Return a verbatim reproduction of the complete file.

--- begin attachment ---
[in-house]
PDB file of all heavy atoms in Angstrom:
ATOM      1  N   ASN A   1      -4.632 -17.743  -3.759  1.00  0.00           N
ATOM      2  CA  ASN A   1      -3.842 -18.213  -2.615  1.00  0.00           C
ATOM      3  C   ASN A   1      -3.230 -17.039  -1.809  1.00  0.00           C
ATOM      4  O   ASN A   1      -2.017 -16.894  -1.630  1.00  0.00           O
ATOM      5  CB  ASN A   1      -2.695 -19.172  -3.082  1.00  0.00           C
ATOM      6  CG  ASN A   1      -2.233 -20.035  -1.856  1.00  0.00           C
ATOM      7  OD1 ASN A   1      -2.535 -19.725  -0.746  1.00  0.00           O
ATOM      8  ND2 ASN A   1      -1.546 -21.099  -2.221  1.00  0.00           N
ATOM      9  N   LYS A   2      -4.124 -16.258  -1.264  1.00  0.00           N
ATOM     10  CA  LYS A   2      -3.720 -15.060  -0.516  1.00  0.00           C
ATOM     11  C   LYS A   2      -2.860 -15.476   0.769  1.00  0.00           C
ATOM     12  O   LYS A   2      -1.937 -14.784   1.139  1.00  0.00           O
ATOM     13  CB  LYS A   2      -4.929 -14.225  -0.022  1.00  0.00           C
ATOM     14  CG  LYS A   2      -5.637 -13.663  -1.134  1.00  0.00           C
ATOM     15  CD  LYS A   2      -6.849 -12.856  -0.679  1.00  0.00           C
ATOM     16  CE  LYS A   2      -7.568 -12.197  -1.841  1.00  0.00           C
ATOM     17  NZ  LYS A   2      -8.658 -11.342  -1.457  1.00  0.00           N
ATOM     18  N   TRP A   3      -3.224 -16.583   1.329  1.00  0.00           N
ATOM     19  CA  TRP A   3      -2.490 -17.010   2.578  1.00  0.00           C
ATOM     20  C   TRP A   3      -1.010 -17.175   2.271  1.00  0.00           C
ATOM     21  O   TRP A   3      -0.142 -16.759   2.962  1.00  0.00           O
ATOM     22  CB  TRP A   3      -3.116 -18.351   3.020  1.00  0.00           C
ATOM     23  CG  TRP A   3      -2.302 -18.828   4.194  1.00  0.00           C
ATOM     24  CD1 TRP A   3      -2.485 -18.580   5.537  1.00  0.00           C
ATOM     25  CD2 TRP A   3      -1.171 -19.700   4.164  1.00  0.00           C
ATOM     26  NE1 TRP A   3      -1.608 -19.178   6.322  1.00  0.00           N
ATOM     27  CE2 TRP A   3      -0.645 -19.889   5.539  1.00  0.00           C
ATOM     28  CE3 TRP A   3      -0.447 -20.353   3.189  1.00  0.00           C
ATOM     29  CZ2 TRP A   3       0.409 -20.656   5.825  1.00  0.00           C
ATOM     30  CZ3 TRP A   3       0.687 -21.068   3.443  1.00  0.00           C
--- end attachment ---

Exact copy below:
[in-house]
PDB file of all heavy atoms in Angstrom:
ATOM      1  N   ASN A   1      -4.632 -17.743  -3.759  1.00  0.00           N
ATOM      2  CA  ASN A   1      -3.842 -18.213  -2.615  1.00  0.00           C
ATOM      3  C   ASN A   1      -3.230 -17.039  -1.809  1.00  0.00           C
ATOM      4  O   ASN A   1      -2.017 -16.894  -1.630  1.00  0.00           O
ATOM      5  CB  ASN A   1      -2.695 -19.172  -3.082  1.00  0.00           C
ATOM      6  CG  ASN A   1      -2.233 -20.035  -1.856  1.00  0.00           C
ATOM      7  OD1 ASN A   1      -2.535 -19.725  -0.746  1.00  0.00           O
ATOM      8  ND2 ASN A   1      -1.546 -21.099  -2.221  1.00  0.00           N
ATOM      9  N   LYS A   2      -4.124 -16.258  -1.264  1.00  0.00           N
ATOM     10  CA  LYS A   2      -3.720 -15.060  -0.516  1.00  0.00           C
ATOM     11  C   LYS A   2      -2.860 -15.476   0.769  1.00  0.00           C
ATOM     12  O   LYS A   2      -1.937 -14.784   1.139  1.00  0.00           O
ATOM     13  CB  LYS A   2      -4.929 -14.225  -0.022  1.00  0.00           C
ATOM     14  CG  LYS A   2      -5.637 -13.663  -1.134  1.00  0.00           C
ATOM     15  CD  LYS A   2      -6.849 -12.856  -0.679  1.00  0.00           C
ATOM     16  CE  LYS A   2      -7.568 -12.197  -1.841  1.00  0.00           C
ATOM     17  NZ  LYS A   2      -8.658 -11.342  -1.457  1.00  0.00           N
ATOM     18  N   TRP A   3      -3.224 -16.583   1.329  1.00  0.00           N
ATOM     19  CA  TRP A   3      -2.490 -17.010   2.578  1.00  0.00           C
ATOM     20  C   TRP A   3      -1.010 -17.175   2.271  1.00  0.00           C
ATOM     21  O   TRP A   3      -0.142 -16.759   2.962  1.00  0.00           O
ATOM     22  CB  TRP A   3      -3.116 -18.351   3.020  1.00  0.00           C
ATOM     23  CG  TRP A   3      -2.302 -18.828   4.194  1.00  0.00           C
ATOM     24  CD1 TRP A   3      -2.485 -18.580   5.537  1.00  0.00           C
ATOM     25  CD2 TRP A   3      -1.171 -19.700   4.164  1.00  0.00           C
ATOM     26  NE1 TRP A   3      -1.608 -19.178   6.322  1.00  0.00           N
ATOM     27  CE2 TRP A   3      -0.645 -19.889   5.539  1.00  0.00           C
ATOM     28  CE3 TRP A   3      -0.447 -20.353   3.189  1.00  0.00           C
ATOM     29  CZ2 TRP A   3       0.409 -20.656   5.825  1.00  0.00           C
ATOM     30  CZ3 TRP A   3       0.687 -21.068   3.443  1.00  0.00           C